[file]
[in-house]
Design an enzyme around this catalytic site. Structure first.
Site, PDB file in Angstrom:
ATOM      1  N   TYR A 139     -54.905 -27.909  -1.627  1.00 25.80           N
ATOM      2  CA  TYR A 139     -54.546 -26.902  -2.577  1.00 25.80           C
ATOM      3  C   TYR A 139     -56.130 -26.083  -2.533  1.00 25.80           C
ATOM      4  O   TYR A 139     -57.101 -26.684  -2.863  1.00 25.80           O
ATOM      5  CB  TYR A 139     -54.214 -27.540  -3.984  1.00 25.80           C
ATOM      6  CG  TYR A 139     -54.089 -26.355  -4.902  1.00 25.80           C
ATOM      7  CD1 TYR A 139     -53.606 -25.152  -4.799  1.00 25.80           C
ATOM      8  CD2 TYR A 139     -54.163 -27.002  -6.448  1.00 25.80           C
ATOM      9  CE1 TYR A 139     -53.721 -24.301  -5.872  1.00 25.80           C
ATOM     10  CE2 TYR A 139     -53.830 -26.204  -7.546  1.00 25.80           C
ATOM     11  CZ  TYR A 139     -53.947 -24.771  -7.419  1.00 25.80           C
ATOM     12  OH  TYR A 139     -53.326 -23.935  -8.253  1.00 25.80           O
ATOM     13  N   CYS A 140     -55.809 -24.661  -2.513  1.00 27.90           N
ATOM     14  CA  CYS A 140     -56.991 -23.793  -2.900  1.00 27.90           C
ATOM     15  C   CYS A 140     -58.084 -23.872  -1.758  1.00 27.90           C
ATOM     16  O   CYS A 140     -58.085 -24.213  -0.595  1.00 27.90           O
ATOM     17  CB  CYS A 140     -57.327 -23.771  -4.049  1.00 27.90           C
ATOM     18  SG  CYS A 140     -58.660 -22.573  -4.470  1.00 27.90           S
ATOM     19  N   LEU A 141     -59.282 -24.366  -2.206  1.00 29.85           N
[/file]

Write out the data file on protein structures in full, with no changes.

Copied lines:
[in-house]
Design an enzyme around this catalytic site. Structure first.
Site, PDB file in Angstrom:
ATOM      1  N   TYR A 139     -54.905 -27.909  -1.627  1.00 25.80           N
ATOM      2  CA  TYR A 139     -54.546 -26.902  -2.577  1.00 25.80           C
ATOM      3  C   TYR A 139     -56.130 -26.083  -2.533  1.00 25.80           C
ATOM      4  O   TYR A 139     -57.101 -26.684  -2.863  1.00 25.80           O
ATOM      5  CB  TYR A 139     -54.214 -27.540  -3.984  1.00 25.80           C
ATOM      6  CG  TYR A 139     -54.089 -26.355  -4.902  1.00 25.80           C
ATOM      7  CD1 TYR A 139     -53.606 -25.152  -4.799  1.00 25.80           C
ATOM      8  CD2 TYR A 139     -54.163 -27.002  -6.448  1.00 25.80           C
ATOM      9  CE1 TYR A 139     -53.721 -24.301  -5.872  1.00 25.80           C
ATOM     10  CE2 TYR A 139     -53.830 -26.204  -7.546  1.00 25.80           C
ATOM     11  CZ  TYR A 139     -53.947 -24.771  -7.419  1.00 25.80           C
ATOM     12  OH  TYR A 139     -53.326 -23.935  -8.253  1.00 25.80           O
ATOM     13  N   CYS A 140     -55.809 -24.661  -2.513  1.00 27.90           N
ATOM     14  CA  CYS A 140     -56.991 -23.793  -2.900  1.00 27.90           C
ATOM     15  C   CYS A 140     -58.084 -23.872  -1.758  1.00 27.90           C
ATOM     16  O   CYS A 140     -58.085 -24.213  -0.595  1.00 27.90           O
ATOM     17  CB  CYS A 140     -57.327 -23.771  -4.049  1.00 27.90           C
ATOM     18  SG  CYS A 140     -58.660 -22.573  -4.470  1.00 27.90           S
ATOM     19  N   LEU A 141     -59.282 -24.366  -2.206  1.00 29.85           N